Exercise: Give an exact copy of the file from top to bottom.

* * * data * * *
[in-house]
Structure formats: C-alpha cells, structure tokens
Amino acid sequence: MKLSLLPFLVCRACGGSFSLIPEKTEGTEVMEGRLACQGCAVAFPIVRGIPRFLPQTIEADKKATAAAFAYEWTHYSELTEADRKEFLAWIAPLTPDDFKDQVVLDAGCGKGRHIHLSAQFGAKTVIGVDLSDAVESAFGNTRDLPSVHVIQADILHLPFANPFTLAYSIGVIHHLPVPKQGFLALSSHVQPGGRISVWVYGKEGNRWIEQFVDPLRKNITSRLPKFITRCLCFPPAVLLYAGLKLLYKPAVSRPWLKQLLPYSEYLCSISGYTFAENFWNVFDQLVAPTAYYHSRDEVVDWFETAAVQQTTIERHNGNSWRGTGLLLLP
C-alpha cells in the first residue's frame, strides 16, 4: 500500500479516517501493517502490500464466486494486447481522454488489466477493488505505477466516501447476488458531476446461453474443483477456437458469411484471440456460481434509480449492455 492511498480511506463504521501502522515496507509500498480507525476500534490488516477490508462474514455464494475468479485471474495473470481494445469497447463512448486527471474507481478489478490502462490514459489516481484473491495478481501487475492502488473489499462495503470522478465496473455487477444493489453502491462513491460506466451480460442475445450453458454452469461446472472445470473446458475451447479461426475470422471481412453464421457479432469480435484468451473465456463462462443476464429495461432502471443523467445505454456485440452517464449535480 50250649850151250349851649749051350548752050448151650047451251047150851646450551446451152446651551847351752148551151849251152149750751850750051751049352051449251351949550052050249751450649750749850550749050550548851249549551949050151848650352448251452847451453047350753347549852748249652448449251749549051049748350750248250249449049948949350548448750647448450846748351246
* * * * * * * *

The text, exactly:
[in-house]
Structure formats: C-alpha cells, structure tokens
Amino acid sequence: MKLSLLPFLVCRACGGSFSLIPEKTEGTEVMEGRLACQGCAVAFPIVRGIPRFLPQTIEADKKATAAAFAYEWTHYSELTEADRKEFLAWIAPLTPDDFKDQVVLDAGCGKGRHIHLSAQFGAKTVIGVDLSDAVESAFGNTRDLPSVHVIQADILHLPFANPFTLAYSIGVIHHLPVPKQGFLALSSHVQPGGRISVWVYGKEGNRWIEQFVDPLRKNITSRLPKFITRCLCFPPAVLLYAGLKLLYKPAVSRPWLKQLLPYSEYLCSISGYTFAENFWNVFDQLVAPTAYYHSRDEVVDWFETAAVQQTTIERHNGNSWRGTGLLLLP
C-alpha cells in the first residue's frame, strides 16, 4: 500500500479516517501493517502490500464466486494486447481522454488489466477493488505505477466516501447476488458531476446461453474443483477456437458469411484471440456460481434509480449492455 492511498480511506463504521501502522515496507509500498480507525476500534490488516477490508462474514455464494475468479485471474495473470481494445469497447463512448486527471474507481478489478490502462490514459489516481484473491495478481501487475492502488473489499462495503470522478465496473455487477444493489453502491462513491460506466451480460442475445450453458454452469461446472472445470473446458475451447479461426475470422471481412453464421457479432469480435484468451473465456463462462443476464429495461432502471443523467445505454456485440452517464449535480 50250649850151250349851649749051350548752050448151650047451251047150851646450551446451152446651551847351752148551151849251152149750751850750051751049352051449251351949550052050249751450649750749850550749050550548851249549551949050151848650352448251452847451453047350753347549852748249652448449251749549051049748350750248250249449049948949350548448750647448450846748351246